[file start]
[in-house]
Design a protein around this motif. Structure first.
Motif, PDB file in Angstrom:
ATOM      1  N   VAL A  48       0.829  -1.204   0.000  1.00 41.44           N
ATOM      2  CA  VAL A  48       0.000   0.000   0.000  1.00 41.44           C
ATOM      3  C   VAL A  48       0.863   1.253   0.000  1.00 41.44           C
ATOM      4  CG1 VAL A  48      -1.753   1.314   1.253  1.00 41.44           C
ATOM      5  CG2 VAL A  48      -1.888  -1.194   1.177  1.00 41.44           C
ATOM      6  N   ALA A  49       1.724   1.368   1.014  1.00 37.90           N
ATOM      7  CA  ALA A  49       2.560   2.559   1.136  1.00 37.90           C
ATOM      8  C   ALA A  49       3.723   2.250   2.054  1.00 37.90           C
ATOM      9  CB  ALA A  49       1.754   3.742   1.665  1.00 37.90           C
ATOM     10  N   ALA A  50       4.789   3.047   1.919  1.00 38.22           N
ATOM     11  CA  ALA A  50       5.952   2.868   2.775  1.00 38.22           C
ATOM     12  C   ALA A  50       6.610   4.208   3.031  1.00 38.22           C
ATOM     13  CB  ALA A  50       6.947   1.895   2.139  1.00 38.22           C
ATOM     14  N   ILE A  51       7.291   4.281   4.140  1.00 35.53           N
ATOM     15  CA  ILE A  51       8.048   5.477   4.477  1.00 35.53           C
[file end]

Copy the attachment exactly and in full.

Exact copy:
[in-house]
Design a protein around this motif. Structure first.
Motif, PDB file in Angstrom:
ATOM      1  N   VAL A  48       0.829  -1.204   0.000  1.00 41.44           N
ATOM      2  CA  VAL A  48       0.000   0.000   0.000  1.00 41.44           C
ATOM      3  C   VAL A  48       0.863   1.253   0.000  1.00 41.44           C
ATOM      4  CG1 VAL A  48      -1.753   1.314   1.253  1.00 41.44           C
ATOM      5  CG2 VAL A  48      -1.888  -1.194   1.177  1.00 41.44           C
ATOM      6  N   ALA A  49       1.724   1.368   1.014  1.00 37.90           N
ATOM      7  CA  ALA A  49       2.560   2.559   1.136  1.00 37.90           C
ATOM      8  C   ALA A  49       3.723   2.250   2.054  1.00 37.90           C
ATOM      9  CB  ALA A  49       1.754   3.742   1.665  1.00 37.90           C
ATOM     10  N   ALA A  50       4.789   3.047   1.919  1.00 38.22           N
ATOM     11  CA  ALA A  50       5.952   2.868   2.775  1.00 38.22           C
ATOM     12  C   ALA A  50       6.610   4.208   3.031  1.00 38.22           C
ATOM     13  CB  ALA A  50       6.947   1.895   2.139  1.00 38.22           C
ATOM     14  N   ILE A  51       7.291   4.281   4.140  1.00 35.53           N
ATOM     15  CA  ILE A  51       8.048   5.477   4.477  1.00 35.53           C